We think that a part of the actual Beijing punk/new wave scene belongs to a movement called "No Beijing", in reference to the avant-gardist compilation album No New York, produced by Brian Eno and released in 78. What do you think of this aphorism, and do you think Re-TROS could belong to the movement?
Hua Dong : “No Beijing” is only one of the art movements or new waves. I do not think that Re-TROS belongs to any of those. We only do what we want to do. I have listened to No New York and I love it very much. But I've never listened to No Beijing and I am not really interested in it. I am not interested in any slogan made by people intentionally. For me, I enjoy doing music independently and I do not want to get involved in any movement. Movements should be left to critics.

Do you consider Re-TROS to be a logical and sophisticated evolution of a certain traditional Beijing punk, or more as a new starting point, a new musical movement less dependent on Western influences?
Hua Dong : I tend to regard Re-TROS as a new starting point. We are totally different from traditional Beijing punk and we do not have any relationship with them. Our standpoint, content, techniques, performances and such are all new in China. We are affected by western music but we do not want to be a subordinate to western music. We are standing on the shoulder of western music and try to see it from our own view. It belongs to neither East nor West; it belongs to us.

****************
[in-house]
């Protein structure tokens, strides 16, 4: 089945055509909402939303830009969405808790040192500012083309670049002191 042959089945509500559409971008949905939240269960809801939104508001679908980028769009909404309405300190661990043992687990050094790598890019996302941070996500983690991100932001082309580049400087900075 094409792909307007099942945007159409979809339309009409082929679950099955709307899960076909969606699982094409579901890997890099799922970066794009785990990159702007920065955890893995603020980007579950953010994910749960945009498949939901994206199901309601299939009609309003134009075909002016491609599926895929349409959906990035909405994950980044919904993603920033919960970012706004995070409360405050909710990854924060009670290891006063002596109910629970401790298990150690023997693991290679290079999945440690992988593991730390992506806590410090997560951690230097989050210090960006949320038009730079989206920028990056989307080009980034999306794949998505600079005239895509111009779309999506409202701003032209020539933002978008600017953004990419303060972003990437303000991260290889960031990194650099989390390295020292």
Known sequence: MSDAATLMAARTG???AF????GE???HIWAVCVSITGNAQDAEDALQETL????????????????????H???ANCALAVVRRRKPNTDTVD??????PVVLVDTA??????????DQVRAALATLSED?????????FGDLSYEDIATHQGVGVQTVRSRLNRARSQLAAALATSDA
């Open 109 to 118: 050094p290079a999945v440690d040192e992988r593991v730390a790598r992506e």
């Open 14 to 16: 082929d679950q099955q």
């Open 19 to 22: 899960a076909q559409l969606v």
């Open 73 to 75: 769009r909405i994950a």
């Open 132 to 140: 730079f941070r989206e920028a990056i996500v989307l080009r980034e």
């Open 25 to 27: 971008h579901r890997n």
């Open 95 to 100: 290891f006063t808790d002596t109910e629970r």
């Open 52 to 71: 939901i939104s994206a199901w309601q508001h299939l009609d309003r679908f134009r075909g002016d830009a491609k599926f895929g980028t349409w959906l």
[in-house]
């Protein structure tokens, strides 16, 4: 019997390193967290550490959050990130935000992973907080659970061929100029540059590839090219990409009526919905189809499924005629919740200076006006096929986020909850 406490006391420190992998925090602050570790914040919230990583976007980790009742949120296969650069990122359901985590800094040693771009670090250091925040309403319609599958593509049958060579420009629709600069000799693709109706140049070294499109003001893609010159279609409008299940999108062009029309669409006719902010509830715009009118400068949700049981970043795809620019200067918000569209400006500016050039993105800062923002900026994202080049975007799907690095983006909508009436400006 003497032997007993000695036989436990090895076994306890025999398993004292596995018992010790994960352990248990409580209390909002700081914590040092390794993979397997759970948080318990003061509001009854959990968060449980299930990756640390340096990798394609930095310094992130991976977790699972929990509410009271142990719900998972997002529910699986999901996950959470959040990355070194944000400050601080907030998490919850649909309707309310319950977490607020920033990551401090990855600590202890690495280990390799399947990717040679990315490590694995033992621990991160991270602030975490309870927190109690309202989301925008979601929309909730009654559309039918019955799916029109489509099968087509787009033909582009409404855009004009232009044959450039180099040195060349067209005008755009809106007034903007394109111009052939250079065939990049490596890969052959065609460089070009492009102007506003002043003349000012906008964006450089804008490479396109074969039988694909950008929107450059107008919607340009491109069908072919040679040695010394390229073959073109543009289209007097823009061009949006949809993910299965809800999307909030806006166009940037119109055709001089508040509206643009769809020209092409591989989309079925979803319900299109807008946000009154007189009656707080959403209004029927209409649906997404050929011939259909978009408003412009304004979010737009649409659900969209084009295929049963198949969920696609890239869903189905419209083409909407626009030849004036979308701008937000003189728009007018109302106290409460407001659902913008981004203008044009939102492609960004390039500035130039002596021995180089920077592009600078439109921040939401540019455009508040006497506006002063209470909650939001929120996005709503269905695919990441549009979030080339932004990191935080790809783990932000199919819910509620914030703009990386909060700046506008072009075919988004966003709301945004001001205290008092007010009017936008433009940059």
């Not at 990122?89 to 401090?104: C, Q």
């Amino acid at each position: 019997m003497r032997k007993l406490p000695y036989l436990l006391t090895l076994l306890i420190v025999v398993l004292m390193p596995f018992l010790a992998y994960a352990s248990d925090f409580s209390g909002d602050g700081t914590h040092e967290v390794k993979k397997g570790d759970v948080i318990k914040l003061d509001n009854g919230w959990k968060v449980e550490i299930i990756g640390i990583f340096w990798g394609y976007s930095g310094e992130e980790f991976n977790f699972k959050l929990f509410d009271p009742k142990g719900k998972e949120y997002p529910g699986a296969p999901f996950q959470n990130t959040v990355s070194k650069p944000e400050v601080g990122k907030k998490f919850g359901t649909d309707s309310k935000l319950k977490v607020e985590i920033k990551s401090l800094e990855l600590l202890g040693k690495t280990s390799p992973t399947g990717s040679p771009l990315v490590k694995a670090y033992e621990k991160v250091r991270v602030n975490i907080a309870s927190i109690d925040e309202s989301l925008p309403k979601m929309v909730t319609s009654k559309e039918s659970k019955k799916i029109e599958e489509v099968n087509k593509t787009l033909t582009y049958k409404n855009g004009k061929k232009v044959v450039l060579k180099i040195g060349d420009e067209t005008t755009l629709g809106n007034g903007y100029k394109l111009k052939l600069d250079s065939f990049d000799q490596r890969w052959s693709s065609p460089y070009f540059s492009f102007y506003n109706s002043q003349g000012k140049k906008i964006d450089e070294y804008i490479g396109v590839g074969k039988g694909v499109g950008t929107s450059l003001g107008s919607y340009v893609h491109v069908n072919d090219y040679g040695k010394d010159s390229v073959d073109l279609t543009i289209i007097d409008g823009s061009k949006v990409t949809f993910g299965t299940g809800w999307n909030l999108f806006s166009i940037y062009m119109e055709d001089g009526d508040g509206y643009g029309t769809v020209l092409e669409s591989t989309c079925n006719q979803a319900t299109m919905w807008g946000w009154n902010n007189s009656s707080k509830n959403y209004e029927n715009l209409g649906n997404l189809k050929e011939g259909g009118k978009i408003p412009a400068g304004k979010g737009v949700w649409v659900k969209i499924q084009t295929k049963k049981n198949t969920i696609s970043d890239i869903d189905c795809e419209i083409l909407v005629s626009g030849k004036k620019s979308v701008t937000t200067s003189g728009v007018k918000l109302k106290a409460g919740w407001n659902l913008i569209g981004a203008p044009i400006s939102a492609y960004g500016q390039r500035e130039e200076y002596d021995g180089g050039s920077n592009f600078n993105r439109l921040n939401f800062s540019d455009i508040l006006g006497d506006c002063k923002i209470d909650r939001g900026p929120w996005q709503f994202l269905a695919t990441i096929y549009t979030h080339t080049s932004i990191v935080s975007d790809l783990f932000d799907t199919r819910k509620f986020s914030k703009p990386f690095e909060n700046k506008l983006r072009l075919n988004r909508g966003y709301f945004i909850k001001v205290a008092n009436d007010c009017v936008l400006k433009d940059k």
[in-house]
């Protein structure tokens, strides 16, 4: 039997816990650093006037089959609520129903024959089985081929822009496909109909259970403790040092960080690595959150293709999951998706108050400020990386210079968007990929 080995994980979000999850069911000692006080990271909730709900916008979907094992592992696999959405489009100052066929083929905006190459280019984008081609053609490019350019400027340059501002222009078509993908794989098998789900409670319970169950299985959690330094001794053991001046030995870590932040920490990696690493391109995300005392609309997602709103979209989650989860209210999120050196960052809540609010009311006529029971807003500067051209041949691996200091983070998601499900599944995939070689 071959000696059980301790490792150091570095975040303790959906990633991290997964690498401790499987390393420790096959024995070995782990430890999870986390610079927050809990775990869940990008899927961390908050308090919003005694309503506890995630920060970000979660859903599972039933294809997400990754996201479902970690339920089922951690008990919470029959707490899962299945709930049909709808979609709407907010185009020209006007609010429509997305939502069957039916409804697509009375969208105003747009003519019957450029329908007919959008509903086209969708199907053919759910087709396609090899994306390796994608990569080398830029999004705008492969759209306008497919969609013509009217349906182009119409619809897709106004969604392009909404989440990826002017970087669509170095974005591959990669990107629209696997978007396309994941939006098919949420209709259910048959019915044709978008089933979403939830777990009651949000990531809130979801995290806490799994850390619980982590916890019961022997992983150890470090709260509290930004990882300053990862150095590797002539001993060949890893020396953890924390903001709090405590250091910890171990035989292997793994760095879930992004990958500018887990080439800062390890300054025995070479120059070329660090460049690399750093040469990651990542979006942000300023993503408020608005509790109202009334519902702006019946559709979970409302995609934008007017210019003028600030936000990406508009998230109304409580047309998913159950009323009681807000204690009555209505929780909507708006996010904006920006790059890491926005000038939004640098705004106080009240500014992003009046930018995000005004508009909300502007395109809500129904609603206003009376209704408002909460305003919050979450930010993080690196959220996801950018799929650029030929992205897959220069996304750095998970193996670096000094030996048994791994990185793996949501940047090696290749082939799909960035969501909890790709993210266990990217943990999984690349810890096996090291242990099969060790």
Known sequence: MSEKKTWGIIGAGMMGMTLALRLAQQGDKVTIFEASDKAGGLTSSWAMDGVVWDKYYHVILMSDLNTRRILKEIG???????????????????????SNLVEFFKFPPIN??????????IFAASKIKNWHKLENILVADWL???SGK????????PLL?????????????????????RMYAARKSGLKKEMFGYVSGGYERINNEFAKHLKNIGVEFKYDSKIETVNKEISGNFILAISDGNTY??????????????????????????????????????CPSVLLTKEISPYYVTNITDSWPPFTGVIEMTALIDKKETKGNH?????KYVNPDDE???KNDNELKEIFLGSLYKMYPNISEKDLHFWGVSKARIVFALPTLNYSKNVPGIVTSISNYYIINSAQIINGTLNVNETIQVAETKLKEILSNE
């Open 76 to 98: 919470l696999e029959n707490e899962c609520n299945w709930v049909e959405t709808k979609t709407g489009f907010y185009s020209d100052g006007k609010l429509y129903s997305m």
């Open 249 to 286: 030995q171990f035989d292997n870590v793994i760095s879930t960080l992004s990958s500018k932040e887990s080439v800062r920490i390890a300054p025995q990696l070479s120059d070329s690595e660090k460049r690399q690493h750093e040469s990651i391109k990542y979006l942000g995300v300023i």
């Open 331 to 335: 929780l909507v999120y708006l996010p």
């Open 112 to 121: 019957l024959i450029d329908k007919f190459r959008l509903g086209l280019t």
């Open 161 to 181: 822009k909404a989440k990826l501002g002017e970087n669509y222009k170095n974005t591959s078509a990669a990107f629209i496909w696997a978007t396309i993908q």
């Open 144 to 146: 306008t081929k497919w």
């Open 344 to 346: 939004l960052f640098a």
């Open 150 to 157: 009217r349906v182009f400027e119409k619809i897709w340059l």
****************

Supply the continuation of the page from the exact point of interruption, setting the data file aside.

You lived as a student in Berlin. Did this direct confrontation with the Western scene influence by any means your artistic approach and music?
Hua Dong : I should clarify that I have been to college in Germany, but not in Berlin. It was a little city near Leipzig called Halle in the Eastern part. I learnt German Language and Literature there. My parents both teach German to college students, and I learnt German in language school starting in junior high school. I believe that my music has been affected by my experience very much. When I am making music, I always try to get it more precise, refined and matching, just like the German language. I like music that’s a bit dark and gloomy rather than cheerful. I think this kind of mood is also very German-like.

Chinese rock resides specifically in Beijing. How do you explain this stimulating role of the capital, and what is its particularity compared to other Chinese rock scenes?